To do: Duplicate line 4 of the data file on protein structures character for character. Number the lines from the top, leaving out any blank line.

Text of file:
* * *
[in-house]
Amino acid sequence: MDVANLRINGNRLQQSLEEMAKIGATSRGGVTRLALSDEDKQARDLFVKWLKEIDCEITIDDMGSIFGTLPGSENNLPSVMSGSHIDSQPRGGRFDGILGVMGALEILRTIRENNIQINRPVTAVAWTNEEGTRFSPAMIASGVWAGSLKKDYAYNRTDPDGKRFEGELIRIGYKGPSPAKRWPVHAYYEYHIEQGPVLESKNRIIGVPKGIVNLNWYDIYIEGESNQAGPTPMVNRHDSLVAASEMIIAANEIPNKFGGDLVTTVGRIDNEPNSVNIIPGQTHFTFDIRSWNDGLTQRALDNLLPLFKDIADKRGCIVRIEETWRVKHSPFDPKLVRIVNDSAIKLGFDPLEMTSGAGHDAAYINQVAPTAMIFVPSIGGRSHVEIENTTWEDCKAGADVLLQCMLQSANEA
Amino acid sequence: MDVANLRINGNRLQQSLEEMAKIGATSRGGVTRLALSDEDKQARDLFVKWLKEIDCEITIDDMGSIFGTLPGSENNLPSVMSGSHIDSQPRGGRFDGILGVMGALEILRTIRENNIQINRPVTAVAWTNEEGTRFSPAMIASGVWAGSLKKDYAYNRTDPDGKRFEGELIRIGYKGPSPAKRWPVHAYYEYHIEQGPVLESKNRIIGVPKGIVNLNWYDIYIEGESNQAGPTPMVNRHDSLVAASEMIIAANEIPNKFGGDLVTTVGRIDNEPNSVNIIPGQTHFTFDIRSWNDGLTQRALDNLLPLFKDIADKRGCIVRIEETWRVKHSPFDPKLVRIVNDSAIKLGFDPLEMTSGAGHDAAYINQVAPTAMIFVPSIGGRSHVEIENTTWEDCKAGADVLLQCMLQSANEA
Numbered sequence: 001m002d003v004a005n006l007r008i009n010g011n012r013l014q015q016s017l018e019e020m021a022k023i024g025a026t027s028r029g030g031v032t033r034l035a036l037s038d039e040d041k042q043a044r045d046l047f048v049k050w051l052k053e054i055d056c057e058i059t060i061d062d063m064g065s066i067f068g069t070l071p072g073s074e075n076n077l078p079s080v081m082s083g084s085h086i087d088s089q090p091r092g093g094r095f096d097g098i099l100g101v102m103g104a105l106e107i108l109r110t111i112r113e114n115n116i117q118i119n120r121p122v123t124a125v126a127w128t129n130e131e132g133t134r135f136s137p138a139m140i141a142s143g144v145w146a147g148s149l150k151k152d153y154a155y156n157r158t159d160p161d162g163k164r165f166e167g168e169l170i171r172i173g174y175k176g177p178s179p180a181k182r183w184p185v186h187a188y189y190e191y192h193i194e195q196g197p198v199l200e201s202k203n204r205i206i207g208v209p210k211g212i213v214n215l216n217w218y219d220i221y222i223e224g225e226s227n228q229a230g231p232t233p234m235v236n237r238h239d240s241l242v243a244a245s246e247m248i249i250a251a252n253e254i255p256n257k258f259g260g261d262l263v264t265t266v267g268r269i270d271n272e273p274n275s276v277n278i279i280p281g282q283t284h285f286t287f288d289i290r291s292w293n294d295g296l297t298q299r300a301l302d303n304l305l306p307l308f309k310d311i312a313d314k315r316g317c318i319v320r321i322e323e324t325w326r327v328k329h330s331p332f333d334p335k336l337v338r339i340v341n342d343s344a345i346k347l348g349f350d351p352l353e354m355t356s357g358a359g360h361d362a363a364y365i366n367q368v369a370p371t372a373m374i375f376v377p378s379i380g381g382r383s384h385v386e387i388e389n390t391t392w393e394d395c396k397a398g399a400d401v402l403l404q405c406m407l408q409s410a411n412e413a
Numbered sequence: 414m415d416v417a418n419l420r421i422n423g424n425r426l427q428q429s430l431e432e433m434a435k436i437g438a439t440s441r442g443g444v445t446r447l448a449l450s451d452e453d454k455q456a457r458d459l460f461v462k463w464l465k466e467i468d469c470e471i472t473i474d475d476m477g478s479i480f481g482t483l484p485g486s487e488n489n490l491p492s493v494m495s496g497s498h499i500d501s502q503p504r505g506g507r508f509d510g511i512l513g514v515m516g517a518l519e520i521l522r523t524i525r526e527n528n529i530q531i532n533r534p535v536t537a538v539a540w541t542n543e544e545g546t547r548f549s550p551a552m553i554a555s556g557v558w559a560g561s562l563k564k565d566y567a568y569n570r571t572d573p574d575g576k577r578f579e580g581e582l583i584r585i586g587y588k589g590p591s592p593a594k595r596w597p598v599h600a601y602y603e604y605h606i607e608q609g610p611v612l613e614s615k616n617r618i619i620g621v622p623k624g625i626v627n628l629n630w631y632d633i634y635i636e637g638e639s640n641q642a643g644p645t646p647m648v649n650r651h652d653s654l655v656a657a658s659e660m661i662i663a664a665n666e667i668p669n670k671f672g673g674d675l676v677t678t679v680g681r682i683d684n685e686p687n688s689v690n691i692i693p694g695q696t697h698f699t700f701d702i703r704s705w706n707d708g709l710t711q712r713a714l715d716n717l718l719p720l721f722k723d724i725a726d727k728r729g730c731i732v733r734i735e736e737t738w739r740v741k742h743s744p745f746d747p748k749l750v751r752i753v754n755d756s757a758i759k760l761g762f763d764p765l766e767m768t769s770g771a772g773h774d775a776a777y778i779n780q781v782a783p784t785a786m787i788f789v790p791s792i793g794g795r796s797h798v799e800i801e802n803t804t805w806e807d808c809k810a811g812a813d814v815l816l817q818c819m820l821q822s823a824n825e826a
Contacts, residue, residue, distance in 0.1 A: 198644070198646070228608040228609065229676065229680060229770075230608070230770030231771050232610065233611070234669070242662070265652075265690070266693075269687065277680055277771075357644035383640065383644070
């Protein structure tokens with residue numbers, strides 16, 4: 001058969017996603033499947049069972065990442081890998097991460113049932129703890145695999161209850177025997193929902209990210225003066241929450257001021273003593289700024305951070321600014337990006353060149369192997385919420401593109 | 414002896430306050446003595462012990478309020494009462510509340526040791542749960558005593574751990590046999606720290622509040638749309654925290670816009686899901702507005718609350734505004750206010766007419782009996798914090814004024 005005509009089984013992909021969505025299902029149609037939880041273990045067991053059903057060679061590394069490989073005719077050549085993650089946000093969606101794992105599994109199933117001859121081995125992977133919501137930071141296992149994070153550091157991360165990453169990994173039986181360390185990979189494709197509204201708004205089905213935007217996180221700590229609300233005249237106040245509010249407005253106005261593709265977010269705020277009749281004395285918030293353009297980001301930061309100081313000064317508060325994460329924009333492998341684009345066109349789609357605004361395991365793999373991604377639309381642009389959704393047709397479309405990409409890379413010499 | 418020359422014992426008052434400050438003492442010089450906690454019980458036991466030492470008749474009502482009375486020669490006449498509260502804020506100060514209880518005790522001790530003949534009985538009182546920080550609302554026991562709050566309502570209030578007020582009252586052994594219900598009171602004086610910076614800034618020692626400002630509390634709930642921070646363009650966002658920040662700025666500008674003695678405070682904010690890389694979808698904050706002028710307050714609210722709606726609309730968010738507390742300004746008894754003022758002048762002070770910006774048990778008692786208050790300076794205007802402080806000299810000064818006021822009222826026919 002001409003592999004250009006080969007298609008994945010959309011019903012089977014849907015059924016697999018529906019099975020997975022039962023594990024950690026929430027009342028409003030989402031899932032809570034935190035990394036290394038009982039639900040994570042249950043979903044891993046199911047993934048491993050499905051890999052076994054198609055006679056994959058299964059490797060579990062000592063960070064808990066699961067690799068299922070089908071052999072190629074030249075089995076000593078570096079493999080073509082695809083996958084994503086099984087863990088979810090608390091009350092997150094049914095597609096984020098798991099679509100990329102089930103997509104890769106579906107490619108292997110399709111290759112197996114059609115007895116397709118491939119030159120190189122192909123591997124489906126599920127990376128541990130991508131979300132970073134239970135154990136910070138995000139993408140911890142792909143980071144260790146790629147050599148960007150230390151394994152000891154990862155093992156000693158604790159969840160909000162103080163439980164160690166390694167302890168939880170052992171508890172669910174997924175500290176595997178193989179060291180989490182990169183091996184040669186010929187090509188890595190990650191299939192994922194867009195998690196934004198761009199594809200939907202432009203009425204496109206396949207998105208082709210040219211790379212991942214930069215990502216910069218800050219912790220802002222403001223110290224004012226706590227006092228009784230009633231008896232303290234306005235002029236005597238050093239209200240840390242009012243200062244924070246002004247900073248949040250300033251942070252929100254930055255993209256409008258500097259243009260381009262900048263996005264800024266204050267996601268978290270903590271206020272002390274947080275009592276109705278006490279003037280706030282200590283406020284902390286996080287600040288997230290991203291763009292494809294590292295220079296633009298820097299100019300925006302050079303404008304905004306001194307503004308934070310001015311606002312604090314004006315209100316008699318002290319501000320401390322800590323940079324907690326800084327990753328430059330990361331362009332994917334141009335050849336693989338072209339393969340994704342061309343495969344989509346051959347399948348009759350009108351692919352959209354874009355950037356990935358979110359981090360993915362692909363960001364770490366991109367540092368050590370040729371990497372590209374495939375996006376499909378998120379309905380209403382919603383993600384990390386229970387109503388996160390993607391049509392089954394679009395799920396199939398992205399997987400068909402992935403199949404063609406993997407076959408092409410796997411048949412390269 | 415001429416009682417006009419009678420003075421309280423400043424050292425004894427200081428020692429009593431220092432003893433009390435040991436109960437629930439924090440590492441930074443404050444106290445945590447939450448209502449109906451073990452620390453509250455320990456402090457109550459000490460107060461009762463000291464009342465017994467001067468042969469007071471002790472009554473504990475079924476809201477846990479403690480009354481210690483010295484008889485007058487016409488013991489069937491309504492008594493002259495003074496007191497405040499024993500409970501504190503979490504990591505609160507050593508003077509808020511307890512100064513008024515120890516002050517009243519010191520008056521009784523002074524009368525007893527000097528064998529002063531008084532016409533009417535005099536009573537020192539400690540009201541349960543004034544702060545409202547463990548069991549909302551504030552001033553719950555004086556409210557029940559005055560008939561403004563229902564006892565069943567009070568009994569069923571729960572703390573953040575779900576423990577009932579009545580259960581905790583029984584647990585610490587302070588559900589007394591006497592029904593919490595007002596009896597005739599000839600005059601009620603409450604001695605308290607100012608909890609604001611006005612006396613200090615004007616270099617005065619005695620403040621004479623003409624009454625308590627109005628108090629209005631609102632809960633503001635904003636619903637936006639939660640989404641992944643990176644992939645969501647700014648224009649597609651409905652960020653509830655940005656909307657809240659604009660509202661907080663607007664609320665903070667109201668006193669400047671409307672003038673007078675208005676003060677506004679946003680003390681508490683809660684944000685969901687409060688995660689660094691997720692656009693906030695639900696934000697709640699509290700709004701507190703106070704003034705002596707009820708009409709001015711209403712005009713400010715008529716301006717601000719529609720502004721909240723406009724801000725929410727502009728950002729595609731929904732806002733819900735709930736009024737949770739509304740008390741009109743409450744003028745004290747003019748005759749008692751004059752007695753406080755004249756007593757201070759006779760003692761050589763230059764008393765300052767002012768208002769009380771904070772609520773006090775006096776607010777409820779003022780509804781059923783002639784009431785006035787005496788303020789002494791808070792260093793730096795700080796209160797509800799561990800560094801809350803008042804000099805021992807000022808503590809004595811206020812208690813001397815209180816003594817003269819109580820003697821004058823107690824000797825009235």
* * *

Numbered sequence: 001m002d003v004a005n006l007r008i009n010g011n012r013l014q015q016s017l018e019e020m021a022k023i024g025a026t027s028r029g030g031v032t033r034l035a036l037s038d039e040d041k042q043a044r045d046l047f048v049k050w051l052k053e054i055d056c057e058i059t060i061d062d063m064g065s066i067f068g069t070l071p072g073s074e075n076n077l078p079s080v081m082s083g084s085h086i087d088s089q090p091r092g093g094r095f096d097g098i099l100g101v102m103g104a105l106e107i108l109r110t111i112r113e114n115n116i117q118i119n120r121p122v123t124a125v126a127w128t129n130e131e132g133t134r135f136s137p138a139m140i141a142s143g144v145w146a147g148s149l150k151k152d153y154a155y156n157r158t159d160p161d162g163k164r165f166e167g168e169l170i171r172i173g174y175k176g177p178s179p180a181k182r183w184p185v186h187a188y189y190e191y192h193i194e195q196g197p198v199l200e201s202k203n204r205i206i207g208v209p210k211g212i213v214n215l216n217w218y219d220i221y222i223e224g225e226s227n228q229a230g231p232t233p234m235v236n237r238h239d240s241l242v243a244a245s246e247m248i249i250a251a252n253e254i255p256n257k258f259g260g261d262l263v264t265t266v267g268r269i270d271n272e273p274n275s276v277n278i279i280p281g282q283t284h285f286t287f288d289i290r291s292w293n294d295g296l297t298q299r300a301l302d303n304l305l306p307l308f309k310d311i312a313d314k315r316g317c318i319v320r321i322e323e324t325w326r327v328k329h330s331p332f333d334p335k336l337v338r339i340v341n342d343s344a345i346k347l348g349f350d351p352l353e354m355t356s357g358a359g360h361d362a363a364y365i366n367q368v369a370p371t372a373m374i375f376v377p378s379i380g381g382r383s384h385v386e387i388e389n390t391t392w393e394d395c396k397a398g399a400d401v402l403l404q405c406m407l408q409s410a411n412e413a